We were a dual-stack household — for a while. Comcast is one of the leaders in the evolution of Internet services from the old IPv4 to the new IPv6 service.
The old IPv4 network has run out of easy-to-allocate IP addresses (the numerical kind, like 126.96.36.199, that are roughly equivalent to your telephone number). Among other advantages, the new IPv6 allows for gazillions of new addresses. It will be a key enabler of the new “Internet of Things” that you may have heard about.
As this transition occurs (slowly, as there are so many v4-only systems installed), many of us will need to operate “dual stack” systems that are capable of using both forms of addressing. Any modern desktop PC (Windows 7 and onward, Linux, etc.) already knows how to do this. The weak link for many users will be their Internet Service Provider (ISP) that will have to reorganize itself to provide IPv6 services. So, the good news — our Comcast system does offer IPv6.
We were able to run dual-stack pretty well with the gateway device that Comcast rents us, a Cisco DPC-3941T. (We need their gateway, because we use their VOIP telephone service. That’s another story.) Our Linux operating system (and probably Windows, too) will prefer to use IPv6 over IPv4, when a given Internet service offers both. Google sites all seem to offer IPv6, for example.
But it wasn’t going to be that simple for us, because the Cisco gateway is “crippled”. Comcast seems to have decided that a downgraded gateway can offer more security with fewer support issues for the 99% of customers who have simple needs. It does not support a moderately complicated home network, like ours, where you might want to use specific IP addresses, firewall setups, etc. In this situation, Comcast recommends that you operate their gateway in a non-routing mode and that you attach your own WiFi router that will be more configurable to local needs.
Enter the Asus RT-N66U. On paper, this looks like a fine choice for us, offering very good dual-band WiFi and lots of configuration control. With its standard setup (IPv4), we’ve had no problems. (The VOIP service stays with the Comcast gateway.) When we enable IPv6, things worked well, too, despite the lack of documentation or help files from Asus.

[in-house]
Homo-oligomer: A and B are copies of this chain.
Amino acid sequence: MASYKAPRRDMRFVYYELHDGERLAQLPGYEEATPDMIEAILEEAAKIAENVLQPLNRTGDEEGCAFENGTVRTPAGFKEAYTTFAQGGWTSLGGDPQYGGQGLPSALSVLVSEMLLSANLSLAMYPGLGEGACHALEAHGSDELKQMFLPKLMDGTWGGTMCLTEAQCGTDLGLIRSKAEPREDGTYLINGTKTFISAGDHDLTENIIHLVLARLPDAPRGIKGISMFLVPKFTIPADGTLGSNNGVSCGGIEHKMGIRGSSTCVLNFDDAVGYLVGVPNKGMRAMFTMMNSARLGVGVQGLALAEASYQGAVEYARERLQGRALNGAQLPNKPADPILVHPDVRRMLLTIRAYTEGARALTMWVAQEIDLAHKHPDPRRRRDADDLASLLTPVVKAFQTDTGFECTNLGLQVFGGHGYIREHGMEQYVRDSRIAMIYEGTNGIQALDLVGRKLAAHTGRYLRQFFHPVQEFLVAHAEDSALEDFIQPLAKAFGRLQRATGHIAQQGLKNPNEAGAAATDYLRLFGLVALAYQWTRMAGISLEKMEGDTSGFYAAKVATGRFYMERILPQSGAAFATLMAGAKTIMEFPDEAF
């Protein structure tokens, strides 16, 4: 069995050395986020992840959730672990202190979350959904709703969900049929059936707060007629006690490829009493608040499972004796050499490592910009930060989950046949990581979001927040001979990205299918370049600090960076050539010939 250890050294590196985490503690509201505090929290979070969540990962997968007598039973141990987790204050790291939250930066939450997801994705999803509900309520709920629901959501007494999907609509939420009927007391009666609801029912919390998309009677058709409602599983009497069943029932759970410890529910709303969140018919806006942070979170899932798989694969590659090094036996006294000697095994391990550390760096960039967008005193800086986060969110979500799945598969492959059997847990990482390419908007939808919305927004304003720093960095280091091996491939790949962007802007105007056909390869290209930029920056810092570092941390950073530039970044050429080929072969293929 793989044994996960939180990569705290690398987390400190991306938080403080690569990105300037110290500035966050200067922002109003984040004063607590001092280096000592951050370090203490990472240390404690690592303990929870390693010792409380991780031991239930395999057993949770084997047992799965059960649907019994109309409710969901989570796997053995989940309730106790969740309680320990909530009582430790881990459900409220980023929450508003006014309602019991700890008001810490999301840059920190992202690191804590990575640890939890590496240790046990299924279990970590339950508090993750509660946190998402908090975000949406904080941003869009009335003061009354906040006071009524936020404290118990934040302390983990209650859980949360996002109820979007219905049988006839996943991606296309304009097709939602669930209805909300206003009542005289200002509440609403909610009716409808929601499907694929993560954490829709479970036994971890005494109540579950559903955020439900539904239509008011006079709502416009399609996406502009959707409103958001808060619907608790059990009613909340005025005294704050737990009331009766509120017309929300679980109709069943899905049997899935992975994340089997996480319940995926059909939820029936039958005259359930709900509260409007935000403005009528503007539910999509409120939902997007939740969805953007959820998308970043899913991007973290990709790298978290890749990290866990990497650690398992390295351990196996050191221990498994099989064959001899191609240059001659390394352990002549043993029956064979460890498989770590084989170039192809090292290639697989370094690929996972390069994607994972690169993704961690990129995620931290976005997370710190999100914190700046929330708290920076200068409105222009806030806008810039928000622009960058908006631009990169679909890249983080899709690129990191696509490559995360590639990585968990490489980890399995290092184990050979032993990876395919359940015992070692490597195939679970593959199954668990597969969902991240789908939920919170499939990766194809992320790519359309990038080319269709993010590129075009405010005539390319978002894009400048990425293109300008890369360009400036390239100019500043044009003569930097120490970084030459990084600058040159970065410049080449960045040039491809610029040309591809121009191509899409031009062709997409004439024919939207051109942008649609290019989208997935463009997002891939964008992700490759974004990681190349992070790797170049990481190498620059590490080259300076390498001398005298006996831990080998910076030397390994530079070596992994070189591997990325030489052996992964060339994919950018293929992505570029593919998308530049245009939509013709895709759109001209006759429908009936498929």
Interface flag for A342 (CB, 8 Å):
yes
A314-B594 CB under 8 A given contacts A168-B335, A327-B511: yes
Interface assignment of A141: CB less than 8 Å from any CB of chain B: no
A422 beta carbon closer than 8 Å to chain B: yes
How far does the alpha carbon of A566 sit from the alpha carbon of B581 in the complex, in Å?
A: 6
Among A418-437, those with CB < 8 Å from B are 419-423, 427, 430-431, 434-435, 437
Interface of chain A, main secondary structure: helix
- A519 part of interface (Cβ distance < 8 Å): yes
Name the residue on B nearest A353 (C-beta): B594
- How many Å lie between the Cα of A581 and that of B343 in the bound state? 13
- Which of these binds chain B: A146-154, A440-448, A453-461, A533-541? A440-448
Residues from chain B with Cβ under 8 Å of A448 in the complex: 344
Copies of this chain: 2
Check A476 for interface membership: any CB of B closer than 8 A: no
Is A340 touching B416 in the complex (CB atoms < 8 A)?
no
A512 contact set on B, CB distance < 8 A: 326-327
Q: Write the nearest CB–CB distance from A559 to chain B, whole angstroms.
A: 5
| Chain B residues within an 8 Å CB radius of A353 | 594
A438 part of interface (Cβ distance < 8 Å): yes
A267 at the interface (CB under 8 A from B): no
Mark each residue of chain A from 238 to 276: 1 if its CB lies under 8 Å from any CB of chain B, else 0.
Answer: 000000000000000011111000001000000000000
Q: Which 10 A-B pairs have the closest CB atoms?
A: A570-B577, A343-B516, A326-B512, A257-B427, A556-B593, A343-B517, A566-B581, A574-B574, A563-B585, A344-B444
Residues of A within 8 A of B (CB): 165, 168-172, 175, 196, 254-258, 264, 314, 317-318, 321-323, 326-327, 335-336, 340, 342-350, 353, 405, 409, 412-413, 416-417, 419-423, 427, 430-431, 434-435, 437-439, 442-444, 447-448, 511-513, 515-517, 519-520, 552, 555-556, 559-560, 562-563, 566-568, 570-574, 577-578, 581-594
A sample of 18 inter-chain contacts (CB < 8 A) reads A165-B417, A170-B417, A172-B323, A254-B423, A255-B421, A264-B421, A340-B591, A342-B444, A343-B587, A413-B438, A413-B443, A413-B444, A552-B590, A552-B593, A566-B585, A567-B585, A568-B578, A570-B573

Worked well, that is, for a number of hours. After a time, the IPv6 service just stopped. The good news is that Internet service continued with only minor delays using the old IPv4 protocol. The bad news is that IPv6 isn’t reliable using the RT-N66U. It starts up again if you reboot the router, but it will eventually die with the same symptoms.
According to the router system log, the router starts encountering ICMPv6 checksum errors. After some substantial number of such errors have been reported, the router decides to drop IPv6 entirely. That’s my interpretation, anyway. Where the errors arise is not clear. It could be the Asus router itself, or it could be an interaction with the Cisco device, or something even further upstream.
I have tried all variants of IPv6 setup that I could think of — enabling/disabling DHCP, response to Internet pings, etc. Sometimes IPv6 seemed stay up for longer, but eventually it always dropped out.
So despite the initial excitement of operating a cutting-edge dual-stack household, we are back to plain old IPv4 for now. Maybe someone will suggest a better router configuration, or maybe we will get a firmware update that fixes things. Meanwhile, we’re coasting along on tried and true IPv4.
Note added: To keep things in perspective, there is no great reason to run IPv6 at the present time. It’s just a game, until a significant number of services begin to be offered exclusively on IPv6. That will happen eventually as the address exhaustion begins to be felt, but for now essentially all IPv6 services are also available via IPv4.